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Solastalgia and the Mental Affects of Climate Change

This article was written by Sanjay Khanna in March 2008. We're republishing it here as part of our month-long editorial retrospective.

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A small yet growing body of evidence suggests that how people think and feel is being influenced strongly by ecosystem transformation related to climate change and industry-related displacement from the land. These powerful stressors are occurring more frequently around the world.

A case in point: When researchers from the Centre for Rural and Remote Mental Health at the University of Newcastle in Australia conducted interviews in drought-affected communities in New South Wales in 2005, the responses suggested some of their subjects may have been suffering from a recently described psychological condition called solastalgia (pronounced so-la-stal-juh).

Solastalgia describes a palpable sense of dislocation and loss that people feel when they perceive changes to their local environment as harmful. It’s a neologism that Glenn Albrecht, an environmental philosopher at the University of Newcastle’s School of Environmental and Life Sciences, created in 2003.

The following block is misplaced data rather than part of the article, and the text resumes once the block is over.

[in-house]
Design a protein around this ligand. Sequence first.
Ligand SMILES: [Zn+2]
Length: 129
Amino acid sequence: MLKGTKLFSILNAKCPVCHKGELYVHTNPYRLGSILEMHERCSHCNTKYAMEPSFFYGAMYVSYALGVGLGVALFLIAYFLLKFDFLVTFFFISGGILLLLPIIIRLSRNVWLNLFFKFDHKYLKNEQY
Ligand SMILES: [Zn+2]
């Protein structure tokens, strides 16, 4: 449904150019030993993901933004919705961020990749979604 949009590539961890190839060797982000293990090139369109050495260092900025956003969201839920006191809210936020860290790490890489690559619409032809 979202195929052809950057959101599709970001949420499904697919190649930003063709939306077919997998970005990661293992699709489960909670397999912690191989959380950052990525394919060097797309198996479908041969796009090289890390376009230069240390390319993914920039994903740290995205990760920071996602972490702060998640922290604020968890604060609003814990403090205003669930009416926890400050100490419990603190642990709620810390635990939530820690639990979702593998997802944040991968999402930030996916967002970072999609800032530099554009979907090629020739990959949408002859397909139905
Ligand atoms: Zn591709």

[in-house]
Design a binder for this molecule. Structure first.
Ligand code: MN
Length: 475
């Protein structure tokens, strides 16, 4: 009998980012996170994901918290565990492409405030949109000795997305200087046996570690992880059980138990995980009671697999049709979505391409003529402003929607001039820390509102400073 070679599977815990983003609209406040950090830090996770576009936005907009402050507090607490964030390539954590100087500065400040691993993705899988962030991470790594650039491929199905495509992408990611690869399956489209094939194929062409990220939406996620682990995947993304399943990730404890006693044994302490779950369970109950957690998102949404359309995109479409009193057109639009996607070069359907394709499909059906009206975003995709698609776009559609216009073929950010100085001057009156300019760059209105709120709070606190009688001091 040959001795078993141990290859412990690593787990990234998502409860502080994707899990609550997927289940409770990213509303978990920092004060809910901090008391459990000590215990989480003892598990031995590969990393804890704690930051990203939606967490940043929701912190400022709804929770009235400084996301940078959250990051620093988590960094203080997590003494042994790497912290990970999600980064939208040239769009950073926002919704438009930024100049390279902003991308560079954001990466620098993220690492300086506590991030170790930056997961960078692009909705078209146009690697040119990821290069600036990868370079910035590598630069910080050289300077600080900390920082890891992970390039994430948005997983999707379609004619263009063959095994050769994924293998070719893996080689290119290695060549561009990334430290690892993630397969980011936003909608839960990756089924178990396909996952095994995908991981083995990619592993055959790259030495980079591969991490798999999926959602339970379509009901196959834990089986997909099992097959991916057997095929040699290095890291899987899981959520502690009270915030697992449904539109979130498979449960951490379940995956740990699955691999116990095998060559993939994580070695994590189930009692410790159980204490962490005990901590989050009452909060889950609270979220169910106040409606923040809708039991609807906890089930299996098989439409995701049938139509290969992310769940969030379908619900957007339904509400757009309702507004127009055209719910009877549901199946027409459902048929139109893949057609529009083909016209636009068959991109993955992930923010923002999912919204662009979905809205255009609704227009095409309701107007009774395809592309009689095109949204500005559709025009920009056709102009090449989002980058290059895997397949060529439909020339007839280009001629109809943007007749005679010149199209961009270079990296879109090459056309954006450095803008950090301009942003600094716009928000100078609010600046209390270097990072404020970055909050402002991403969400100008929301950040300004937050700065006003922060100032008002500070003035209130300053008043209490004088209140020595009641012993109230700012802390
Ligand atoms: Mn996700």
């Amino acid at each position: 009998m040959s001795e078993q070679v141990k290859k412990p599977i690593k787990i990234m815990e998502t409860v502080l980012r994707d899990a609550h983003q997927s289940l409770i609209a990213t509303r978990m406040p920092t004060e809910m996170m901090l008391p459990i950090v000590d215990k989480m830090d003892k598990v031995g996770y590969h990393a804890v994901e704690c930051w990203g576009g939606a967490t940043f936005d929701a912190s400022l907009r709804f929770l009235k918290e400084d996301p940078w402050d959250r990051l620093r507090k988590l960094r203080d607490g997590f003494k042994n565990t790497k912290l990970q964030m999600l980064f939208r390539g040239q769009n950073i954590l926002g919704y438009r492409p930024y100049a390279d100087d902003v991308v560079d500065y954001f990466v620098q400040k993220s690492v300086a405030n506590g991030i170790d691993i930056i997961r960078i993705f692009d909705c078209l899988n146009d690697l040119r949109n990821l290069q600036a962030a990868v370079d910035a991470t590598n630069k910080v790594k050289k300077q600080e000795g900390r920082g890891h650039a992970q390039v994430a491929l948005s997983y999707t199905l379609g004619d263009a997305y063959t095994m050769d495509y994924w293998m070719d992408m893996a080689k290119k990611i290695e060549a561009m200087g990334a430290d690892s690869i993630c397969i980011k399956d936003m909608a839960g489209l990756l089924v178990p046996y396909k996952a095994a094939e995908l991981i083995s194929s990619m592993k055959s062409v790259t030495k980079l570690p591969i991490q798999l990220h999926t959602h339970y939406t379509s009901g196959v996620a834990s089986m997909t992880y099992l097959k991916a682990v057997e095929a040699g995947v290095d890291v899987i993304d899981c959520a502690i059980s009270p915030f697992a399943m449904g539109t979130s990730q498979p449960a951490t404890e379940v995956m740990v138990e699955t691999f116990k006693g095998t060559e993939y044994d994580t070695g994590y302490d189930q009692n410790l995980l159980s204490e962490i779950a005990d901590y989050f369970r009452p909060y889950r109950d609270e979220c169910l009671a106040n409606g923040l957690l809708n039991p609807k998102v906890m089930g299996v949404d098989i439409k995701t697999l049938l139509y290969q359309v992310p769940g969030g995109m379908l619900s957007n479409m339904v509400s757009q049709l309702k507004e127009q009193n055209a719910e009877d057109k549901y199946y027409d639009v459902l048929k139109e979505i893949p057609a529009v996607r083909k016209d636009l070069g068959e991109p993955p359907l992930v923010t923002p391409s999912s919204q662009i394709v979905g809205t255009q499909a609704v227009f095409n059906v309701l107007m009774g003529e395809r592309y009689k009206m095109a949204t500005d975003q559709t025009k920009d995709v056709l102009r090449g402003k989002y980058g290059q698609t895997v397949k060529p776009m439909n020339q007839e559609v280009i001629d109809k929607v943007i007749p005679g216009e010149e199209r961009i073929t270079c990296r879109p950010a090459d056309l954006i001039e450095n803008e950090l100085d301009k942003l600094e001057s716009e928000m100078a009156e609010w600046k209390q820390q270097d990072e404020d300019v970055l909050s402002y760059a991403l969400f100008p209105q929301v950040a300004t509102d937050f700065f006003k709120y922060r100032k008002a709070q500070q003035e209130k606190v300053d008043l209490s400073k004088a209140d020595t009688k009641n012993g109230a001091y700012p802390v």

Albrecht’s work among communities distraught by black-coal strip mining in New South Wales’ Upper Hunter Region convinced him that the English language needed a new term to connect the experience of ecosystem loss to mental health concerns.

“The sense of a home landscape being violated [by strip mining-related environmental damage] seemed to have disturbed the region’s social ecology so much that the psychic or mental health of many people living in the zone of high impact was being affected,” he says.

Albrecht’s stunning insight? That there might be a wide variety of shifts in the health of an ecosystem—from subtle landscape changes related to global warming to desolate wastelands created by large-scale strip mining—that diminish people’s mental health.

In Eastern Australian communities, where the toll of a six-year-long drought has been devastating, interviews with farmers provided additional momentum for the solastalgia concept.